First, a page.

The Michigan Daily- Tuesday, May 15, 1984- Page 3
SECOND FRONT PAGE
Angell noted for quiet leadership
By LILY ENG
Popular, sharp, and intellectual are adjectives that were
used repeatedly yesterday to describe Prof. Emeritus Robert
Angell, who died Saturday evening at St. Joseph Mercy
Hospital after a month long bout with abdominal problems.
He was 85. As a student, sociology professor, and director of
the LSA Honors Council, Angell was affiliated with the
University for over 60 years.
Friends depicted -Angell yesterday as extraordinarily
popular, vivacious, and unpretentious. Colleagues
complimented his leadership, intelligence, and friendliness.
"His death is a loss for the University and a loss for the
department of Sociology," said Prof. Mayer Zald, chairman
of the sociology department.
IN HIS autobiography, "The Joys of Modest Success,"
Angell explained that he grew up in a "well educated, stable,
religious, and affectionate family." Prof. Theodore
Newcombe recalled that Angell was a "very modest and
"He didn't even mention he was chairman of the sociology
department when he wrote his autobriography," said
Angell graduated from the University in 1921 with a
bachelor's degree and went on to receive a master's and
doctoral degree. He was a sports editor at the Daily during
his undergraduate years and after joining the faculty he
served on a number of boards and committees, including the
executive committees of LSA and Rackham.
WHEN ANGELL retired in 1969, he had been a University
professor for 34 years, a chairman of the sociology dept. for
12 years, and the director of the LSA Honors Council for four
According to Horace Miner, professor emeritus of
sociology, Angell always found time to help his staff
academically and personally, "The fact that Professor
Angell was always addressed as 'Bob' by members of his
department is indicative of the close relationship which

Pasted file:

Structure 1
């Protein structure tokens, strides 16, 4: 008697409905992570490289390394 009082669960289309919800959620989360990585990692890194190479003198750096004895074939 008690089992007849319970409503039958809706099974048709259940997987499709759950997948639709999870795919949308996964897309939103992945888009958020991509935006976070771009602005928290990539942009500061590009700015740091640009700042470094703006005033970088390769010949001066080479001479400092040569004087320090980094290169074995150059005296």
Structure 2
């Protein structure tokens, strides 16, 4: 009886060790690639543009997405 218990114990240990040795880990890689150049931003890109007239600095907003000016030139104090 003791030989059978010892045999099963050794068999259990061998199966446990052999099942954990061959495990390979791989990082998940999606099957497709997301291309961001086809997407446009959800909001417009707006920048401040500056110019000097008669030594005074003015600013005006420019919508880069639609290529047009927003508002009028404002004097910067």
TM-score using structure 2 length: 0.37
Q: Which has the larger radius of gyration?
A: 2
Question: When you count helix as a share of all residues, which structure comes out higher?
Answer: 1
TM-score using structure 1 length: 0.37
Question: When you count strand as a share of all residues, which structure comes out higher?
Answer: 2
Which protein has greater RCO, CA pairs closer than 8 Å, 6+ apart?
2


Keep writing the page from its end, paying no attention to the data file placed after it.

existed among us," Miner said.
Werner Landecker, professor emeritus of sociology, said
that before Angell was appointed chairman in 1940, the
sociology department was small. "He was the architect of the
department. He had the organizing ability to build it up,"
See FRIENDS, Page 4
Brave new world
An artist's drawing of Engineering Building I shows the 30 foot wide atrium, center, that will run east and west along the
entire length of the building. The new building will be built between the G. G. Brown Building, right, and the W. E. Lay
Automotive Lab. The ground breaking ceremony, featuring Gov. James Blanchard, will be Thursday at 1 p.m.
'U' reaches eollege bowl tourney
... quiet about 'U' ties
fate of .
By PETE WILLIAMS
The governing body of the Univer-
sity's faculty yesterday discussed the
problem of the professors who may be
displacbd as a result of the 40 percent
budget cut to the University's School of
The Senate Advisory Committee on
University Affairs met with represen-
tatives from the education school's
executive committee in a closed
meeting to consider the fate of its
programs and their tenured faculty
PROF. MORTON Hilbert, SACUA
chairman, said the school is still in the
preliminary stages of implementing the
financial cuts and that it is too early to
tell who or how many tenured faculty
members would be removed from the
Prof. Carl Berger, the dean of the
School of Education, said that because
of the severity of the cuts, it is likely